NASA has temporarily repurposed its tropical rainfall monitoring satellite to grab a 3D view of the eye at the center of Hurricane Sandy, while the International Space Station has recorded its progression along the East Coast of the US. The 3D graphics from the Tropical Rainfall Measuring Mission (TRMM) show that Sandy, despite having a relatively small eye, is carrying a whole lot of power, with the space footage showing the extent of the 85mph+ winds approaching the southern New Jersey coast.
"TRMM-observed properties of Hurricane Sandy's eyewall are evidence of remarkable vigor. Most hurricanes only have well-formed and compact eyewalls at category 3 strength or higher. Sandy was not only barely a category 1 hurricane, but Sandy was also experiencing strong wind shear, Sandy was going over ocean typically too cold to form hurricanes, and Sandy had been limping along as a marginal hurricane for several days" NASA
As for the ISS view, the space station astronauts have a privileged view of the top-down perspective of Sandy as it gathers steam. The video below shows the live feed from NASA's cameras, though since the ISS is moving, the correct portion of the US isn't always in view. NASA says the next clear view will be at 12:45 ET.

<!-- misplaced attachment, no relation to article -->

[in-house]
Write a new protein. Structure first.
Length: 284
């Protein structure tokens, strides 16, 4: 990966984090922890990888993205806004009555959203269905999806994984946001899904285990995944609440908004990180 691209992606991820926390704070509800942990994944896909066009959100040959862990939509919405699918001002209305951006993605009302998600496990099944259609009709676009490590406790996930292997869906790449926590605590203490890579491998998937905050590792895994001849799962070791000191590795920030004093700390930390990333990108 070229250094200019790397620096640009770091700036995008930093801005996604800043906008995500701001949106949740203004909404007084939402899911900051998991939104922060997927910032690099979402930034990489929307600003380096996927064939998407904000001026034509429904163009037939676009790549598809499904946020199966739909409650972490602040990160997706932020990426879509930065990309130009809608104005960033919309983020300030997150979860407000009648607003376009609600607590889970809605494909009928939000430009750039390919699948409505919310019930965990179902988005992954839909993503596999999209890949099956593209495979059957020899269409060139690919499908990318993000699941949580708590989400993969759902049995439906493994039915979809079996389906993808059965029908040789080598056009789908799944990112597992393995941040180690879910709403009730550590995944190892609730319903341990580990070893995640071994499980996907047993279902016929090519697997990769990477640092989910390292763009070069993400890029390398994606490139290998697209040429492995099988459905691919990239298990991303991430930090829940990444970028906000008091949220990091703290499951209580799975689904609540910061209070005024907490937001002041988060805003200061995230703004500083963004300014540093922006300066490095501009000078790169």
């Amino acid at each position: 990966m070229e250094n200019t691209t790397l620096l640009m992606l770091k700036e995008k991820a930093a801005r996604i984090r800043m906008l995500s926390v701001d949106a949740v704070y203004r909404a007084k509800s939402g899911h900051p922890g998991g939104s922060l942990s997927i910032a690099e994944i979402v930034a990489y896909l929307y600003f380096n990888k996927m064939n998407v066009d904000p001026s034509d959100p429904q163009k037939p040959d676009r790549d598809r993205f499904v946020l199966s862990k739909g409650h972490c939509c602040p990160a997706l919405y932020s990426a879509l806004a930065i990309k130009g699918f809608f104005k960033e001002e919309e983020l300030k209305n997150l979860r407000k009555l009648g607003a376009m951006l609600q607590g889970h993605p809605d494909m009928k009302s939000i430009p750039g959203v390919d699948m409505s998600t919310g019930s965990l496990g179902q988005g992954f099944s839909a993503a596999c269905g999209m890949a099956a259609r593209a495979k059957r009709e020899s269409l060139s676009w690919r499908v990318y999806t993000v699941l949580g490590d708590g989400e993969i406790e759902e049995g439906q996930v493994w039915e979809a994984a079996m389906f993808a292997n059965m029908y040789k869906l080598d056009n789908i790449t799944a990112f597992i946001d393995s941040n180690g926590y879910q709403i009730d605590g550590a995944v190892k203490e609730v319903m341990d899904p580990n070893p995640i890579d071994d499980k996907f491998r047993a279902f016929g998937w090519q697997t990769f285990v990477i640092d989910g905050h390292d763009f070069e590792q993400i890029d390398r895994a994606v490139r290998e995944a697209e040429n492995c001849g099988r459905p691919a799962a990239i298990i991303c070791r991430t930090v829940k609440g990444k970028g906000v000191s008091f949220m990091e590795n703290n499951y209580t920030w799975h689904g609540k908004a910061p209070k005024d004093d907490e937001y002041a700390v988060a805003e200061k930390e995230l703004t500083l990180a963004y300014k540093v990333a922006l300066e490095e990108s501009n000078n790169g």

NASA isn't leaving hurricane exploration to the occasional re-use of TRMM, however. The space agency is also midway through preparations for the Global Precipitation Measuring (GPM) satellite mission, launching in 2014, and set to increase the accuracy of extreme weather prediction as well as help meteorologists understand what causes such events.
Of course, while NASA's imagery is certainly interesting, it's not especially useful for people on the ground. For that, it's best to turn to Google's crisis map which shows the coming storm, active shelters, traffic conditions, and more.